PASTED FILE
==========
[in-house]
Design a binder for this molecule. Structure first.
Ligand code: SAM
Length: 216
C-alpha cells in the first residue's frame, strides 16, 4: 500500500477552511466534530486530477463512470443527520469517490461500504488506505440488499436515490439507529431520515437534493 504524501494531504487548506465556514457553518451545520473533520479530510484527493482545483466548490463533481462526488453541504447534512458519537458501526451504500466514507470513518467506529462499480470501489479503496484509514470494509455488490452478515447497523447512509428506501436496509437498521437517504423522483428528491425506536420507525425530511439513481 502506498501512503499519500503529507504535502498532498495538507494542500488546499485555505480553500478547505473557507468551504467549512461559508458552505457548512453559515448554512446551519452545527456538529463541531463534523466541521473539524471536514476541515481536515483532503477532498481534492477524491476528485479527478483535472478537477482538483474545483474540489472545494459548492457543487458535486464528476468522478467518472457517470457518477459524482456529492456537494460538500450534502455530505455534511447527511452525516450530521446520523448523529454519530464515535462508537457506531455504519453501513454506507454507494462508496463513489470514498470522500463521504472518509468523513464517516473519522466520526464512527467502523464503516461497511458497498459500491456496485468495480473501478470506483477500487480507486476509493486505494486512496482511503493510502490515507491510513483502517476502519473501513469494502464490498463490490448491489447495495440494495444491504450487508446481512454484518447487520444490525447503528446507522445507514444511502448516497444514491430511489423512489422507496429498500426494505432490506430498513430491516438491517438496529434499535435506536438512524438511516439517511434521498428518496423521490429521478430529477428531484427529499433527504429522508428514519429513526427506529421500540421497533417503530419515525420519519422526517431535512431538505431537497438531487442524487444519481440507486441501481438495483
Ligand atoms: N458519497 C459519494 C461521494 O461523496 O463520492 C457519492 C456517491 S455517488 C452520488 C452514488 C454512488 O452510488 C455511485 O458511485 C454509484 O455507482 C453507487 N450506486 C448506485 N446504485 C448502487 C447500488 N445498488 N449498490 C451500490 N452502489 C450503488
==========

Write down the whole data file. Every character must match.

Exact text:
[in-house]
Design a binder for this molecule. Structure first.
Ligand code: SAM
Length: 216
C-alpha cells in the first residue's frame, strides 16, 4: 500500500477552511466534530486530477463512470443527520469517490461500504488506505440488499436515490439507529431520515437534493 504524501494531504487548506465556514457553518451545520473533520479530510484527493482545483466548490463533481462526488453541504447534512458519537458501526451504500466514507470513518467506529462499480470501489479503496484509514470494509455488490452478515447497523447512509428506501436496509437498521437517504423522483428528491425506536420507525425530511439513481 502506498501512503499519500503529507504535502498532498495538507494542500488546499485555505480553500478547505473557507468551504467549512461559508458552505457548512453559515448554512446551519452545527456538529463541531463534523466541521473539524471536514476541515481536515483532503477532498481534492477524491476528485479527478483535472478537477482538483474545483474540489472545494459548492457543487458535486464528476468522478467518472457517470457518477459524482456529492456537494460538500450534502455530505455534511447527511452525516450530521446520523448523529454519530464515535462508537457506531455504519453501513454506507454507494462508496463513489470514498470522500463521504472518509468523513464517516473519522466520526464512527467502523464503516461497511458497498459500491456496485468495480473501478470506483477500487480507486476509493486505494486512496482511503493510502490515507491510513483502517476502519473501513469494502464490498463490490448491489447495495440494495444491504450487508446481512454484518447487520444490525447503528446507522445507514444511502448516497444514491430511489423512489422507496429498500426494505432490506430498513430491516438491517438496529434499535435506536438512524438511516439517511434521498428518496423521490429521478430529477428531484427529499433527504429522508428514519429513526427506529421500540421497533417503530419515525420519519422526517431535512431538505431537497438531487442524487444519481440507486441501481438495483
Ligand atoms: N458519497 C459519494 C461521494 O461523496 O463520492 C457519492 C456517491 S455517488 C452520488 C452514488 C454512488 O452510488 C455511485 O458511485 C454509484 O455507482 C453507487 N450506486 C448506485 N446504485 C448502487 C447500488 N445498488 N449498490 C451500490 N452502489 C450503488